So, there we have it. Thanksgiving is not merely the first day of the holiday shopping season, “Turkey Day,” nor a quaint American legend. Thanksgiving is at the core of what it is to be the spiritual, if not familial, descendants of a People, Americans, who made a covenant with God, a People who gave their all to found a nation in the wilderness. This country would be “a city on a hill” and a beacon of Gospel light to the world. In so many ways, generations of Americans renewed that sacred covenant and sought to live out the vision and values bequeathed by pilgrim people. Now? I assert that we can remain that “city on a hill.” How so? When we who follow God and His Word walk out of the “theater of the absurd,” walk away from the madness masquerading as progress and take back those sacred things that bring about human flourishing, we take back Thanksgiving. In doing so, we share something beautiful: the life-changing power of creaturely gratitude to a holy and merciful God.
Journals of the Continental Congress (1905) for June 12, 1775; March 16, 1776; December 11, 1776; November 1, 1777; March 7, 1778; November 17, 1778; March 20, 1779; October 20, 1779; March 11, 1780; October 18, 1780; March 20, 1781; October 26, 1781; March 19, 1782; October 11, 1782; October 18, 1783.
The American Presidency Project, “Abraham Lincoln: Proclamation – Thanksgiving Day, 1863” (at http://www.presidency.ucsb.edu/ws/index.php?pid=69900&st=&st1=).
The National Archives, “Congress Establishes Thanksgiving” (at http://www.archives.gov/legislative/features/thanksgiving/); see also Pilgrim Hall Museum, “Presidential Thanksgiving Proclamations 1940-1949: Franklin D. Roosevelt, Harry S. Truman” (at http://www.pilgrimhall.org/ThanxProc1940.htm), Proclamation 2571: Days of Prayer: Thanksgiving Day and New Year’s Day, November 11, 1942, referring to a “joint resolution of Congress approved December 26, 1941, which designates the fourth Thursday in November of each year as Thanksgiving Day.”.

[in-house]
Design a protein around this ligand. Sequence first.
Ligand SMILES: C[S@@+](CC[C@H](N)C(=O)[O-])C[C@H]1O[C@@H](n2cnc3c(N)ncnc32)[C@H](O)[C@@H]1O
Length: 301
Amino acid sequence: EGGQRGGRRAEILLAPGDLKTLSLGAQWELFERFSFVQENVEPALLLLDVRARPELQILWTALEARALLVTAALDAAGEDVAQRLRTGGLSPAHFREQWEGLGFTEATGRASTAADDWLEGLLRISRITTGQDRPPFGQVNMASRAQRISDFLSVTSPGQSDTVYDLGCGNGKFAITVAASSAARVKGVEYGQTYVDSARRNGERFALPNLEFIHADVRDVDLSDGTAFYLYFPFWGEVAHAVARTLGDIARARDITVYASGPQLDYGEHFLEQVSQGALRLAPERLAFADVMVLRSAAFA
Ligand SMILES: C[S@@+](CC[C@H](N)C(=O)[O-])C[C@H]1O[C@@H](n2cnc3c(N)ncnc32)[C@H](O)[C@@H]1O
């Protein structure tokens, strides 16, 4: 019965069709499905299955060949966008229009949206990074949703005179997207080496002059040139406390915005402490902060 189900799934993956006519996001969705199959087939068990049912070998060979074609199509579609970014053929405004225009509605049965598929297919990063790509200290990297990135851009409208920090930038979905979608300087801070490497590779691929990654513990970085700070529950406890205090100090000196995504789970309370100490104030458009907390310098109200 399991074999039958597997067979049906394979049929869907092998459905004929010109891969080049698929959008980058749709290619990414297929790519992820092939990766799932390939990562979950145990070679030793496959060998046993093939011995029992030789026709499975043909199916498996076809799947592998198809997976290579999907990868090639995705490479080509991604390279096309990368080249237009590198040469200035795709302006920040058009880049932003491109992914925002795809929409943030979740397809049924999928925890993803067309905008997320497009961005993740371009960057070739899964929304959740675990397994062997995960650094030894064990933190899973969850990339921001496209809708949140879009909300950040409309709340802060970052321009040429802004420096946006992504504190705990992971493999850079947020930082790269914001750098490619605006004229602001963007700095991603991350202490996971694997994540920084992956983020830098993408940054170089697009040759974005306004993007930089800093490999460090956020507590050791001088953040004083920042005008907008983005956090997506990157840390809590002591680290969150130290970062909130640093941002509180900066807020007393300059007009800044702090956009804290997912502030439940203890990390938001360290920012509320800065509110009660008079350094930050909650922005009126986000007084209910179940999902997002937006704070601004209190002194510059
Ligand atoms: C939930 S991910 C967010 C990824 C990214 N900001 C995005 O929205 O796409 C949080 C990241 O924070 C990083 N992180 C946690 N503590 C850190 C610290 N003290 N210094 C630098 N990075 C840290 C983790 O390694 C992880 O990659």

Journals of the Continental Congress (Washington: Government Printing Office, 1907), Vol. IX, p. 855, November 1, 1777.
Beckett, Samuel. Waiting for Godot: Tragicomedy in 2 Acts. Grove Press, 1954.
Bradford, William. Of Plimoth [sic] Plantation. Boston: Wright and Potter, 1898. Accessed November 7, 2016. http://www.gutenberg.org/files/24950/24950-h/24950-h.htm.
Esslin, Martin. “The Theatre of the Absurd,” Tulane Drama Review 4, no. 4 (1960): 3–15. Note: Esslin, a theater critic and scholar, wrote about the postmodern playwrights Samuel Beckett, Arthur Adamov, and Eugène Ionesco. The movement in France (though Beckett was Irish, Adamov was Russian, and Ionesco was Romanian) evoked meaninglessness, or Nihilism, that resulted in such plays as Waiting for Godot.
Lincoln, Abraham. The Works of Abraham Lincoln, John H. Clifford & Marion M. Miller, editors (New York: University Society Inc., 1908), Vol. VI, pp. 160-161, Proclamation for Thanksgiving, October 3, 1863.
Sickel, H.S.J. Thanksgiving: Its Source, Philosophy, and History. Philadelphia: International Printing Co. p.158.
Suess, Jeff. “Lazarus to Thank for Thanksgiving Date.” Cincinnati.com. November 27, 2014. Accessed November 07, 2016. http://www.cincinnati.com/story/news/history/2014/11/27/lazarus-to-thank-for-thanksgiving-date/19573889/.
Winslow, Edward. Winslow’s Relation. London: George Morton, 1622.